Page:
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Florida's ‘Don’t Say Gay’ Author Pleads Guilty to Federal Fraud Charges

Florida's ‘Don’t Say Gay’ Author Pleads Guilty to Federal Fraud Charges

Joe Harding

Former legislator Joe Harding could be sentence to up to 20 years in prison.

The legislator behind Florida’s infamous “don’t say gay” law has pleaded guilty to fraud charges. Now he could land in federal prison for decades.

Former Florida Rep. Joe Harding pleaded guilty Tuesday in U.S. District Court in Gainesville, Fla., to charges of wire fraud, money laundering, and making false statements. The charges stem from Harding obtaining $150,000 in COVID-19 relief funds.

He was indicted by federal prosecutors in December and resigned his seat in the Florida House of Representatives the following day.

Now he could face serious time in federal prison. Harding faces up to 20 years for committing wire fraud, 10 for money laundering, and another five for making false statements. U.S. District Judge Allen Winsor will decide on his sentence. A hearing is scheduled in Gainesville on July 25.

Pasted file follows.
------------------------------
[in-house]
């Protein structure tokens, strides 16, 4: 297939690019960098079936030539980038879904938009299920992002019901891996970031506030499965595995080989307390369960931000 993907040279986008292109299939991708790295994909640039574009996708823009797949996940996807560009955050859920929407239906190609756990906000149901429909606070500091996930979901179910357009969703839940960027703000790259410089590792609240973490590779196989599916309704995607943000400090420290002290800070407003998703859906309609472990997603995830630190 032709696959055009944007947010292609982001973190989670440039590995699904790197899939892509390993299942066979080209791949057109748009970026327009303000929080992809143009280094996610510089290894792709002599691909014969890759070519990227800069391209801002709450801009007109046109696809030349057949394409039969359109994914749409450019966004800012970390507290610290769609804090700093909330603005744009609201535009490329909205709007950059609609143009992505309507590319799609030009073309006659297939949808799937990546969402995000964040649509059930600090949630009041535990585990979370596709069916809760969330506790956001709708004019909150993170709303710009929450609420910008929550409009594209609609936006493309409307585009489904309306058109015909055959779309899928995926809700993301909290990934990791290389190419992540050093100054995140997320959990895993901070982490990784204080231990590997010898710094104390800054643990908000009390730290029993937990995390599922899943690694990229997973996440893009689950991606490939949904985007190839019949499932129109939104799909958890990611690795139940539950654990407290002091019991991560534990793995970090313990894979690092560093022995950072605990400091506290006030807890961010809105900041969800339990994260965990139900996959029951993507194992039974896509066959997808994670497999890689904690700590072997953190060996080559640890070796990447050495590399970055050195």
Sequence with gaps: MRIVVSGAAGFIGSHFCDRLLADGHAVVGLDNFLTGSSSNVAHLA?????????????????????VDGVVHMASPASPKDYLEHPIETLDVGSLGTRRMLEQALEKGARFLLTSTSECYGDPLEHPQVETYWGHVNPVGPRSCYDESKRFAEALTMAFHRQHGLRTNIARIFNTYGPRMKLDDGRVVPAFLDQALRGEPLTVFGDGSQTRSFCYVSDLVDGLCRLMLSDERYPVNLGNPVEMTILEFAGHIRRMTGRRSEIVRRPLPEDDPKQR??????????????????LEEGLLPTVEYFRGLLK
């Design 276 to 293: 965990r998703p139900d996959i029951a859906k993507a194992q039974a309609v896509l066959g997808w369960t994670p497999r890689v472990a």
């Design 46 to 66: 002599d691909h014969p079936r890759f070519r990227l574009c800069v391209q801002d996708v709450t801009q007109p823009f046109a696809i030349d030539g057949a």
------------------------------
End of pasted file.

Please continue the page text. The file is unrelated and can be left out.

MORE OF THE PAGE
Before his arrest, Harding generated national attention as the author of a Florida bill signed into law by Gov. Ron DeSantis almost a year ago. Officially titled Parental Rights in Education, the legislation forbids instruction about sexual orientation and gender identity from kindergarten through third grade, and requires age-appropriate instruction through 12th grade.

The Florida Legislature is considering expanding the full ban through eighth grade.

After U.S. Attorney Jason Coody announced Harding had changed his plea, prosecutors revealed, through new court filings, details of Harding’s crime. The Republican politician allegedly devised a scheme to defraud the Small Business Administration and obtained a small business loan on false premises from funds intended to help businesses during the COVID-19 pandemic.

Prosecutors say he later submitted a fraudulent application for an SBA Economic Injury Disaster Loan in the name of a dormant business he once owned.

Documents show that after obtaining $150,000 in fraudulent loans, he transferred more than $10,000 to a personal bank account, paid a credit down by another more than $10,000, and also wired $10,000 to a third-party business vendor.

He was busted following a joint investigation by the FBI, FDIC, IRS, and SBA.

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